Canine Cataracts - are one of the most common forms of eye problems affecting dogs. They can affect all ages and breeds of dogs, including Cairn Terriers, but certain types of cataracts show up more frequently in certain breeds. Cataracts cause the dog's eye to become white or cloudy. Note that it not unusual for older dogs eyes to become slightly blue-gray. Called nuclear sclerosis, this usually occurs in dogs over 6 years of age and normally doesn't affect their vision, so treatment is not usually necessary. Canine cataracts may be quite small and not significantly affecting the dog's sight. However, if the condition is left untreated and the cataract becomes dense enough, the dog may eventually go blind. there are may causes of cataracts in dogs, including inheritance, disease, trauma, drub reactions nutritional deficiencies and old age.

Ocular Melanosis  - is a disease of the eye previously known as pigmentary glaucoma. Changes occur in the eye that causes a build up of fluid which in turn increases the pressure in the eye. It usually develops later in life. If caught early a treatment can be recommended to delay the progression of this disease. Research is currently being done to determine mode of inheritance.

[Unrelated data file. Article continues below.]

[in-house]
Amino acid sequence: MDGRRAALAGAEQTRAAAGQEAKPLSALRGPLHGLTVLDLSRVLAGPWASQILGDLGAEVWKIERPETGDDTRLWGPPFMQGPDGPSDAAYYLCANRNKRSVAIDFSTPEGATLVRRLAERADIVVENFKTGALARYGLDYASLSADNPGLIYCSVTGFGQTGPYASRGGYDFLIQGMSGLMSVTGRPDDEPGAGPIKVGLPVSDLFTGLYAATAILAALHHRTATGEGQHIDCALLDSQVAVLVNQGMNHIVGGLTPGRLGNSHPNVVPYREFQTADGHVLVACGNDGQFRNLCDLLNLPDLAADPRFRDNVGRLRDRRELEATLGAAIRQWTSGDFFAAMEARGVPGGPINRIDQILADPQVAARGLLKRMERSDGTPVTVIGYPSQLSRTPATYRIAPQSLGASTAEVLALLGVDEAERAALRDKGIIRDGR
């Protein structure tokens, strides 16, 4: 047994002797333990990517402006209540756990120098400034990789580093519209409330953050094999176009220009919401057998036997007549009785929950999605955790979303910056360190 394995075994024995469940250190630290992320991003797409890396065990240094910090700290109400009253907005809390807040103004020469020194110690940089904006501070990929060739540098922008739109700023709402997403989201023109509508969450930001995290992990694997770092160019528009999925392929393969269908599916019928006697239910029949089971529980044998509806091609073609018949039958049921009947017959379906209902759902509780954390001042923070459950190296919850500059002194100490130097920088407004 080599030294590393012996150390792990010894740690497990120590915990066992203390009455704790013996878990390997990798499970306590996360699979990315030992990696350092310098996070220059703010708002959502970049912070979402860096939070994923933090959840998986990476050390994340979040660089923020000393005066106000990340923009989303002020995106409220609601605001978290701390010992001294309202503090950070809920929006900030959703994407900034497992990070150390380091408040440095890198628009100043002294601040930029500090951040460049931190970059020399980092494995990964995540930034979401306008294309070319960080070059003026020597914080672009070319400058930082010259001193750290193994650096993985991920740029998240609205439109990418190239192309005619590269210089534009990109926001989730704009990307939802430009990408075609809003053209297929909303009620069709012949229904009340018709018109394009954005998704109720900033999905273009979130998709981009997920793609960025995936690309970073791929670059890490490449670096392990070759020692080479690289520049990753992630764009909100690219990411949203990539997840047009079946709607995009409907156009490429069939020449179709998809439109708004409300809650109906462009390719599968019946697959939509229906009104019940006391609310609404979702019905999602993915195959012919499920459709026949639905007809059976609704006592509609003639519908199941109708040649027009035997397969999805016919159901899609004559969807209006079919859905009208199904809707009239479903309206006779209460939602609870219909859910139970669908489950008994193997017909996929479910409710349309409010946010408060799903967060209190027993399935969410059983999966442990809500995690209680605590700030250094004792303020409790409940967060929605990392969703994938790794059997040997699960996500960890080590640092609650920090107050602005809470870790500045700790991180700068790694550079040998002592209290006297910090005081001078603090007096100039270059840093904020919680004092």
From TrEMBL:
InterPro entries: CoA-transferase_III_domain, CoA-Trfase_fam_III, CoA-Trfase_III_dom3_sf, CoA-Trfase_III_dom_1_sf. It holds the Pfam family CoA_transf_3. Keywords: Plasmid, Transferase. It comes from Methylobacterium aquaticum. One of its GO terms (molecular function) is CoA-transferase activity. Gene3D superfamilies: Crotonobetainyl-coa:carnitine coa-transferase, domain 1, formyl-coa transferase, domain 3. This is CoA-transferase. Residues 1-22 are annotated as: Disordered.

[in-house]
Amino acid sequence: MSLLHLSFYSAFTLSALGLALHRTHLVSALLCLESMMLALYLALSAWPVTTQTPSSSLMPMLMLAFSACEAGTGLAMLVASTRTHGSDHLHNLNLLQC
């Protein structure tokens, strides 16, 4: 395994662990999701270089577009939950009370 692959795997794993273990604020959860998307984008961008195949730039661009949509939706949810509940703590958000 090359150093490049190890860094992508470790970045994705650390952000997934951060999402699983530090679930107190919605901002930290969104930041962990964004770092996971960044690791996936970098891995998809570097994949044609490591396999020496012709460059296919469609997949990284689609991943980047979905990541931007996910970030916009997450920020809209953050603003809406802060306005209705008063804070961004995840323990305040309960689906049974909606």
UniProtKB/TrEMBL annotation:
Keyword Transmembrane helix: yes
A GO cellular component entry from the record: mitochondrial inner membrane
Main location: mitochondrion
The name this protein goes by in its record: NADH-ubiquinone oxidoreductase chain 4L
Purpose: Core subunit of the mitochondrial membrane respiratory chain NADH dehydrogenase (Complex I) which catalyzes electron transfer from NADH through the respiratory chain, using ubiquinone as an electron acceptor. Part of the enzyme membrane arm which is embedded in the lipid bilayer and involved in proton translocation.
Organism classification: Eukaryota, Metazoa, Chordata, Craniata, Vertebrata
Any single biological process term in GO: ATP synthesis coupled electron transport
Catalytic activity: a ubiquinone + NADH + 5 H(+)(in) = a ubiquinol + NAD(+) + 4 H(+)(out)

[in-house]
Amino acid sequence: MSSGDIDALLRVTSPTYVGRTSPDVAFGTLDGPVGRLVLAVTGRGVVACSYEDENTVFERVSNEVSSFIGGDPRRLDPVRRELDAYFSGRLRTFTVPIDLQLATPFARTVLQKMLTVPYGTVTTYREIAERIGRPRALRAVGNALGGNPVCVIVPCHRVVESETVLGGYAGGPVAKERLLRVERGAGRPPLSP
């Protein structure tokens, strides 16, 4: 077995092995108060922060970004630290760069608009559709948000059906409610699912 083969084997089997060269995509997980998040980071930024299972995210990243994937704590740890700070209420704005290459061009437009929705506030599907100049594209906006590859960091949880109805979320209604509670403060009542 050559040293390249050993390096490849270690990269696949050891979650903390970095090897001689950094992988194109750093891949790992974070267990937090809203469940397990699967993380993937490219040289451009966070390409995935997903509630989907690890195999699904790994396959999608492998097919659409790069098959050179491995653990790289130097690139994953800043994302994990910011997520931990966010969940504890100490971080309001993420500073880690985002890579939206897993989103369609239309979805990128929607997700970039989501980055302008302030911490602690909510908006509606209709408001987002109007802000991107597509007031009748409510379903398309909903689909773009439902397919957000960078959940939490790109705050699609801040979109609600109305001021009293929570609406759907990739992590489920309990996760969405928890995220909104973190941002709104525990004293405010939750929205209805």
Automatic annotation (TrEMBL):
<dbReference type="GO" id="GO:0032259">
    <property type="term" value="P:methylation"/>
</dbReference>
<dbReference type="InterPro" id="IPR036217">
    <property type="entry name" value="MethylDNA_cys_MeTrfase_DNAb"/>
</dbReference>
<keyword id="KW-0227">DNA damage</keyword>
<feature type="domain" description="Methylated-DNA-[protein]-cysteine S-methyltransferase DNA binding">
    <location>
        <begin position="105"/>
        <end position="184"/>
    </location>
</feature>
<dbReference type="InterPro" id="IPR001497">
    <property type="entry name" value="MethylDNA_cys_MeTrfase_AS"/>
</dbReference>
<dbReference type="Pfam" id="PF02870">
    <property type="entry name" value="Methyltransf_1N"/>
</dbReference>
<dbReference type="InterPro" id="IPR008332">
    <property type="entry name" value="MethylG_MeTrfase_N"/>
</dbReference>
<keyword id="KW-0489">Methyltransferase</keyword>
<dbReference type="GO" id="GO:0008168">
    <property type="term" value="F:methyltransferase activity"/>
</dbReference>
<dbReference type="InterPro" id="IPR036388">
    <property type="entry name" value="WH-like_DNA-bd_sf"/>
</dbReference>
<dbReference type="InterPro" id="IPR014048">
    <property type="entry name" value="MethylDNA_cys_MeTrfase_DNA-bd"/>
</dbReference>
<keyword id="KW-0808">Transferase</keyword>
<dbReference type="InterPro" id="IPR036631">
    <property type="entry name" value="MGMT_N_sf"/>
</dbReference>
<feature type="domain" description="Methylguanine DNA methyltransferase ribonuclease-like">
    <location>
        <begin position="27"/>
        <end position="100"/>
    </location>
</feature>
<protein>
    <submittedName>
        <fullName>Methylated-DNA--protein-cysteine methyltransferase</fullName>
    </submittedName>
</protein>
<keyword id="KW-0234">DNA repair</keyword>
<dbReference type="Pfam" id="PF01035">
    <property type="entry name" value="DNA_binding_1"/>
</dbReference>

Dogs can be screened for cataracts and other diseases of the eye by a simple examination be a veternarian ophthalmologist. This screening should include the glaucoma test. The results may be registered with the Canine Eye Registration Foundation (CERF), which provides a certificate that is valid for one year from the date of the exam. CERF recommends annual re-examination for any animal directly involved in a breeding program.

Legge-Perthes– This is a disorder of the hip joint. Over time femur head will become deformed. Usually shows up before 1 yr of age. Surgery is usually required.